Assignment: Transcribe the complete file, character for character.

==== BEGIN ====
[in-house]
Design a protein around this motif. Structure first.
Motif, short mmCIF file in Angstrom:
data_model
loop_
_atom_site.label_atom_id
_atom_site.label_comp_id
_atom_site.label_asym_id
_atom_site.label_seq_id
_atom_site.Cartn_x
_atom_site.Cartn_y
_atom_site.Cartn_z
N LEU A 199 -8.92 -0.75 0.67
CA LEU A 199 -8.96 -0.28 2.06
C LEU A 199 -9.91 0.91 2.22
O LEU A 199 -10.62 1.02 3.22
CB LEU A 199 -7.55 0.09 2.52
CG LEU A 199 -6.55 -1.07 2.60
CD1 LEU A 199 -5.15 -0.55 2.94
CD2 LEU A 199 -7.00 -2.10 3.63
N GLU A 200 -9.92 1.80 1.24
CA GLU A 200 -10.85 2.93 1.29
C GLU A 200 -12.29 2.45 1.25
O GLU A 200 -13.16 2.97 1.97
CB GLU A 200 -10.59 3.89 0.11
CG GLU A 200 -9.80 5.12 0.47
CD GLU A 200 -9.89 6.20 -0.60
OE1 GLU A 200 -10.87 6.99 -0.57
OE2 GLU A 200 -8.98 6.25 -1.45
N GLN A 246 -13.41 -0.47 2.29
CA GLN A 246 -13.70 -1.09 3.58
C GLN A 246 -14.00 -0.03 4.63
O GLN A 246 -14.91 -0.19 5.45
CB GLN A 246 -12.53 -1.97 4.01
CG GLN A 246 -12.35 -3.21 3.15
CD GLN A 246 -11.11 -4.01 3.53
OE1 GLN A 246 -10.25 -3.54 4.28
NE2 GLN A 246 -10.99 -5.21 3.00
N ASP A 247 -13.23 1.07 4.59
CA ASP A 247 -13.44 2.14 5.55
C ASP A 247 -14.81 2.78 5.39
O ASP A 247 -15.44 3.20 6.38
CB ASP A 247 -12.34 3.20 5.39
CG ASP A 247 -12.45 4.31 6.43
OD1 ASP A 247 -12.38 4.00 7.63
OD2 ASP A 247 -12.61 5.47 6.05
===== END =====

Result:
[in-house]
Design a protein around this motif. Structure first.
Motif, short mmCIF file in Angstrom:
data_model
loop_
_atom_site.label_atom_id
_atom_site.label_comp_id
_atom_site.label_asym_id
_atom_site.label_seq_id
_atom_site.Cartn_x
_atom_site.Cartn_y
_atom_site.Cartn_z
N LEU A 199 -8.92 -0.75 0.67
CA LEU A 199 -8.96 -0.28 2.06
C LEU A 199 -9.91 0.91 2.22
O LEU A 199 -10.62 1.02 3.22
CB LEU A 199 -7.55 0.09 2.52
CG LEU A 199 -6.55 -1.07 2.60
CD1 LEU A 199 -5.15 -0.55 2.94
CD2 LEU A 199 -7.00 -2.10 3.63
N GLU A 200 -9.92 1.80 1.24
CA GLU A 200 -10.85 2.93 1.29
C GLU A 200 -12.29 2.45 1.25
O GLU A 200 -13.16 2.97 1.97
CB GLU A 200 -10.59 3.89 0.11
CG GLU A 200 -9.80 5.12 0.47
CD GLU A 200 -9.89 6.20 -0.60
OE1 GLU A 200 -10.87 6.99 -0.57
OE2 GLU A 200 -8.98 6.25 -1.45
N GLN A 246 -13.41 -0.47 2.29
CA GLN A 246 -13.70 -1.09 3.58
C GLN A 246 -14.00 -0.03 4.63
O GLN A 246 -14.91 -0.19 5.45
CB GLN A 246 -12.53 -1.97 4.01
CG GLN A 246 -12.35 -3.21 3.15
CD GLN A 246 -11.11 -4.01 3.53
OE1 GLN A 246 -10.25 -3.54 4.28
NE2 GLN A 246 -10.99 -5.21 3.00
N ASP A 247 -13.23 1.07 4.59
CA ASP A 247 -13.44 2.14 5.55
C ASP A 247 -14.81 2.78 5.39
O ASP A 247 -15.44 3.20 6.38
CB ASP A 247 -12.34 3.20 5.39
CG ASP A 247 -12.45 4.31 6.43
OD1 ASP A 247 -12.38 4.00 7.63
OD2 ASP A 247 -12.61 5.47 6.05